Live Report: Underworld – Aviva Studios, Manchester

A titanic night with the rave pioneers...

The acts that defined the UK’s rave revolution were cultural outsiders. Despite bringing a hedonistic euphoria that resonated with many young Britons at the time, electronic music remained a marginal affair in the late 80s. But for Karl Hyde and Rick Smith, the creative forces behind Underworld, the era brought a divine wind of change, resulting in a pivot away from synth-pop and towards the club sound that would bring them notoriety. Now, some three and a half decades later, the duo have sold out a string of Europe-wide shows, demonstrating their cultural staying power and reverence on the rave scene. It’s for this that thousands have gathered at Manchester’s Aviva Studios – the second date added at the venue due to high demand.

The first impression of the new £240 million cultural hub is its scale. Entering from the back of the room, a cavernous, warehouse-like space opens up, packed to the brim with a 5,000-strong crowd. The demographics quickly become clear while wading through the punters towards the stage, with at least three-quarters of the attendees Hacienda-era party-goers seeking to reconnect with their youth and relive a frenetic evening of nostalgic escapism.

Pitching up about 15 metres from the action on stage, the state-of-the-art venue really comes into its own. An energetic Hyde commands attention with erratic dance moves against a swirling and pulsating backdrop of graphics, spotlights, lasers, and a sort of mesh embedded with hundreds of LEDs. It’s an impressive and stimulating set-up that truly enhances the sense of immersion in the space. 

The evening’s programming is split into two sets with a half-hour intermission. The first of these starts with some of the duo’s softer offerings. ‘Nylon Strung’, with its poetic and wistful lyrics, and the catchy ‘Dirty Epic’ allow Hyde to warm up his vocal chords and ease the crowd into the evening. It then feels like there’s a sudden gear shift, with the chugging 135 BPM ‘Kittens’ almost rudely muscling in on the action. The energy and pace continue to build until the frantic and nerve-jangling ‘Tin There’ alongside a flourish of disorientating strobes. The intermission at this point feels like a welcome moment of respite.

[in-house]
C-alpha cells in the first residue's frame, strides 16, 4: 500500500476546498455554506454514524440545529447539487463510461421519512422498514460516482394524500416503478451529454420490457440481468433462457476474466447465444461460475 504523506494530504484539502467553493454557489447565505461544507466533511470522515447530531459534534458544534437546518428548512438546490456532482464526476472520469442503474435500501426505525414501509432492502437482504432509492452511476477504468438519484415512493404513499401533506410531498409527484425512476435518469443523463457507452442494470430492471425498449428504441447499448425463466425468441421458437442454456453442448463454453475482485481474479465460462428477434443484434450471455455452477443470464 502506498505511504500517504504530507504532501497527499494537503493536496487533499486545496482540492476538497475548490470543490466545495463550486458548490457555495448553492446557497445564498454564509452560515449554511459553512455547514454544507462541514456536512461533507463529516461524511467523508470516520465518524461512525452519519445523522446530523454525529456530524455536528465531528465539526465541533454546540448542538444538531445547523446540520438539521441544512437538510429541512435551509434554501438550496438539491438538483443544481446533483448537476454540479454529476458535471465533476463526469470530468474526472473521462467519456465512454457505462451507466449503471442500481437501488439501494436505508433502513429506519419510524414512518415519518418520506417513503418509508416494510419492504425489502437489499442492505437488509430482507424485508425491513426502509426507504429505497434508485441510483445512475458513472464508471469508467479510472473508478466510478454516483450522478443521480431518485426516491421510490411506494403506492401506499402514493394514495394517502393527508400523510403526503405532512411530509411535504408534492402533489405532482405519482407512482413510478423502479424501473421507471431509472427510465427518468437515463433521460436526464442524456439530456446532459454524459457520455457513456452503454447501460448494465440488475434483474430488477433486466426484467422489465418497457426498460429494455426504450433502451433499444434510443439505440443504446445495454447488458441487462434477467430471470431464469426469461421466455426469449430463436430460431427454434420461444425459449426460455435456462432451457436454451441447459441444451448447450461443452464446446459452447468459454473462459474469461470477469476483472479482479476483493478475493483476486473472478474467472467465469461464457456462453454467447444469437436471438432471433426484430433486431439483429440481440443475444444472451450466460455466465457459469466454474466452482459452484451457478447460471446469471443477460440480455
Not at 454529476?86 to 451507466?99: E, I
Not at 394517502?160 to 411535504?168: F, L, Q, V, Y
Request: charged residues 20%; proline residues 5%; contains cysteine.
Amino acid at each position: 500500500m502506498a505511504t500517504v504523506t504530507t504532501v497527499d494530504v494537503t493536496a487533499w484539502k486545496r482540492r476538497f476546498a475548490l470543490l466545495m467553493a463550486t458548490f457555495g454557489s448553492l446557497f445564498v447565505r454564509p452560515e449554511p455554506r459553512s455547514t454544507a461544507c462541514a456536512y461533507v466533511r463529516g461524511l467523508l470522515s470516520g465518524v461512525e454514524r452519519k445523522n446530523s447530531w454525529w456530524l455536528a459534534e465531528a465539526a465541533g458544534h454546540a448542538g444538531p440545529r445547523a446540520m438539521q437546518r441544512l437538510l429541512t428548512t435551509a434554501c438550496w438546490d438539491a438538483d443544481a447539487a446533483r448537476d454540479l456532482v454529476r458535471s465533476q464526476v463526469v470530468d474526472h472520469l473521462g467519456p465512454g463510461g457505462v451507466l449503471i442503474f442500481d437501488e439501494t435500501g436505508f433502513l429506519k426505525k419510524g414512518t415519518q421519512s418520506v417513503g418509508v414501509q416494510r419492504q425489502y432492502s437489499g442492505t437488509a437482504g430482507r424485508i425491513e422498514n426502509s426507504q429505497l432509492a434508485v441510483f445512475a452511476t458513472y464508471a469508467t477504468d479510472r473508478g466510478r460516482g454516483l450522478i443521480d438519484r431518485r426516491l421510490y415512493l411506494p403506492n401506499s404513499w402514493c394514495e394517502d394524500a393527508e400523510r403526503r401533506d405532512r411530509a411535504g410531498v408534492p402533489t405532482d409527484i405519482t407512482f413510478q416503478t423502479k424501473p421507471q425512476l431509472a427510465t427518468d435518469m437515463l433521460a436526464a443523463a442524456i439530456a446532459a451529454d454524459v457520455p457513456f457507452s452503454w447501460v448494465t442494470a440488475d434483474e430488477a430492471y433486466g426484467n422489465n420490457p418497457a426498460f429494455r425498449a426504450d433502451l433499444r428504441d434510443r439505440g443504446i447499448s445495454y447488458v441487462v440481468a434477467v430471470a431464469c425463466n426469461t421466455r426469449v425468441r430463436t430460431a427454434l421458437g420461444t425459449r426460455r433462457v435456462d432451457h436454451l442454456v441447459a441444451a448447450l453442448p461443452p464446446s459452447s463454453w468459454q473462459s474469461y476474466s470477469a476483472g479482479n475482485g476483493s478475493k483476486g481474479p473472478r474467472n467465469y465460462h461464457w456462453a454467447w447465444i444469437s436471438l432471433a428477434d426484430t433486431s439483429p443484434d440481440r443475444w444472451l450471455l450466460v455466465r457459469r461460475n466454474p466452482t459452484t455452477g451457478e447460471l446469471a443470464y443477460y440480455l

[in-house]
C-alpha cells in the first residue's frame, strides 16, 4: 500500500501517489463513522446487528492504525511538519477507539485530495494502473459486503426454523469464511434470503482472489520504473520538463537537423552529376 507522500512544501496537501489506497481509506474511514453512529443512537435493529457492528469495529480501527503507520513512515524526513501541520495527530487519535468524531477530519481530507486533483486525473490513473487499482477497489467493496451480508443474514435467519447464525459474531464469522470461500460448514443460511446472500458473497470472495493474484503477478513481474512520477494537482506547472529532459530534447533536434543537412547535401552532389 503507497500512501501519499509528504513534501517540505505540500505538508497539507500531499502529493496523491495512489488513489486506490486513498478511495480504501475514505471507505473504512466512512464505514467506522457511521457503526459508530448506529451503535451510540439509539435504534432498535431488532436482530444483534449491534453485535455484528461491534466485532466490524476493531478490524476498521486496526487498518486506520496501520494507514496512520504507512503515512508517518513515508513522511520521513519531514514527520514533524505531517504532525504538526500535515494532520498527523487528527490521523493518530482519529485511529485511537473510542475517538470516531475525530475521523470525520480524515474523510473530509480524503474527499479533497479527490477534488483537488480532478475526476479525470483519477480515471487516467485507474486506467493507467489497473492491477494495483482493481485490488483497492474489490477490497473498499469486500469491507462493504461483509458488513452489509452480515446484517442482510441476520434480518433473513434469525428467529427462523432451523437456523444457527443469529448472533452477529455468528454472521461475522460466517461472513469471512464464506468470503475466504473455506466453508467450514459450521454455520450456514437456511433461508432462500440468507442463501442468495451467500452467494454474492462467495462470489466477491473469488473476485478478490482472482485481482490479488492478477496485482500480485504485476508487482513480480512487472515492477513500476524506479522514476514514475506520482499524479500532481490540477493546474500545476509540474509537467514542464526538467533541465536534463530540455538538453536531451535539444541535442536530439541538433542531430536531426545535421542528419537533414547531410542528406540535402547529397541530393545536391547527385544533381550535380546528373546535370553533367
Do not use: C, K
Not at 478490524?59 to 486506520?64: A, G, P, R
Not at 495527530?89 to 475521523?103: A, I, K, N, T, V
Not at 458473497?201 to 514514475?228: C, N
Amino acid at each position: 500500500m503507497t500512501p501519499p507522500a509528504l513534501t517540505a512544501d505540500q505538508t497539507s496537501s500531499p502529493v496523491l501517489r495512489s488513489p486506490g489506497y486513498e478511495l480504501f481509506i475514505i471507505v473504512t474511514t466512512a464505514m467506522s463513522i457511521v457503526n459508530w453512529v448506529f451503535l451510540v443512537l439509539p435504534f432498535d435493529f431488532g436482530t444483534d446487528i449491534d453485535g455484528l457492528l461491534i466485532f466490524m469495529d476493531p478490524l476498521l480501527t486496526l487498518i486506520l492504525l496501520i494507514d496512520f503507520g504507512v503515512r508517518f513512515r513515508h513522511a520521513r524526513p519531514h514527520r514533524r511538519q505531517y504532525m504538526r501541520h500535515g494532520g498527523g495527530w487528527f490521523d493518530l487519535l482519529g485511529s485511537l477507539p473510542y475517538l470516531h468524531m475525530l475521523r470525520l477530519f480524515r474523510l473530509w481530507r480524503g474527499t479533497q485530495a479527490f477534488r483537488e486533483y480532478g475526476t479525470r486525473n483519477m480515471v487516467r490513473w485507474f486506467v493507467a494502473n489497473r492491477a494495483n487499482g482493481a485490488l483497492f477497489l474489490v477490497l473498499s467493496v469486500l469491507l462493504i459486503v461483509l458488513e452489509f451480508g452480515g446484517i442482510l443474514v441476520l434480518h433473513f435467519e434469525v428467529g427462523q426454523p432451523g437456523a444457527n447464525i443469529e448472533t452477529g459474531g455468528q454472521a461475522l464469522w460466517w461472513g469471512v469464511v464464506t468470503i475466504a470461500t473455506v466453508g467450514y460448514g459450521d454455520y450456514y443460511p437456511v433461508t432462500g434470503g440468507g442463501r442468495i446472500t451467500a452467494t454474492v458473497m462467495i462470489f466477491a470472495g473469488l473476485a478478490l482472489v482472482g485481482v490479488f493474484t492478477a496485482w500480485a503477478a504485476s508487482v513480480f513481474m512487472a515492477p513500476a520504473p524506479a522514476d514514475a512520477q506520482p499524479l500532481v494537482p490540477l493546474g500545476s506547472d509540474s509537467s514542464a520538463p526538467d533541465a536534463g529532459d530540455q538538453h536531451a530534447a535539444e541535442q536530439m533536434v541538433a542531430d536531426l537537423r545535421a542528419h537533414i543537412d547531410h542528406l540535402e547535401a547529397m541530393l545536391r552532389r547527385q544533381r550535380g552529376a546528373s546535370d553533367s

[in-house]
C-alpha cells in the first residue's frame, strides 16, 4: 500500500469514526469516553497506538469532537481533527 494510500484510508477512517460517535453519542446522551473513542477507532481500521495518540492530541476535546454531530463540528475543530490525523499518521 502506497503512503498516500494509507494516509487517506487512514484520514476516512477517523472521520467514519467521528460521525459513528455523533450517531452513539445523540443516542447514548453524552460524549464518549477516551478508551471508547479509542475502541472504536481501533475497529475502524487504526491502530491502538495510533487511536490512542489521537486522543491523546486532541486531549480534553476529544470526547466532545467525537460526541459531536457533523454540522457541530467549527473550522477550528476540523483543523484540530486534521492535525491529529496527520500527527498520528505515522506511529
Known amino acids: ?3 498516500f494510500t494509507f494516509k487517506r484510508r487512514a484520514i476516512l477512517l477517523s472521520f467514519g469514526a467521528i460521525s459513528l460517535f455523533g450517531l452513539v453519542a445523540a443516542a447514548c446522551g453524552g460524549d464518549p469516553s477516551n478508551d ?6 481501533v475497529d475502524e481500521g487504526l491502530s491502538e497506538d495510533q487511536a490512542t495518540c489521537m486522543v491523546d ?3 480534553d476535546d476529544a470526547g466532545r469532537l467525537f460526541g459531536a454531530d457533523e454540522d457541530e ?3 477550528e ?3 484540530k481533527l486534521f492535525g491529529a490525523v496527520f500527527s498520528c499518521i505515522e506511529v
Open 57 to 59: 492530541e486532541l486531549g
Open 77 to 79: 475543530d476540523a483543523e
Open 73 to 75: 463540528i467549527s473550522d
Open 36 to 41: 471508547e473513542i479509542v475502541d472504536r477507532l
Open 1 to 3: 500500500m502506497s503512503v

After granting the audience half an hour to collect themselves, the duo re-emerges and demands movement again with the endlessly catchy and bouncy ‘Jumbo’. Smith and Hyde now have the crowd where they want them. Big-hitting ‘Pearl’s Girl’ flows straight into ‘Dark and Long (Dark Train)’, the latter of which has the audience ritualistically throwing their hands in the air in unison with the frontman up on stage. It’s a wave of euphoria that carries into ‘Two Months Off’, where the lyrics “You bring light in” are accompanied by a shimmering golden hue that illuminates the blissed-out crowd – a surefire highlight. 

This moment spells the start of the performance’s home stretch. The more low-key and trance-like ‘Rez/Cowgirl’ is followed by ‘The Colour Red’, at which point a menacing red glow fills the room and a lattice of lasers cuts through the air above the audience’s heads. The thumping 2024 single ‘Fen Violet’ gives Hyde a chance to demonstrate his timeless timbre before the set’s penultimate banger, ‘King of Snake’.

It’s only apt that the track that launched them into mainstream consciousness, ‘Born Slippy’, tops off the night. The hit is met in kind by a dazzling light display and a rapturous crowd that relishes the opportunity to shout “LAGER, LAGER, LAGER,” along with a zealous Hyde up on stage. It’s a palpable moment of collective joy that sums up the duo’s performance.

Words: Dan McCarthy

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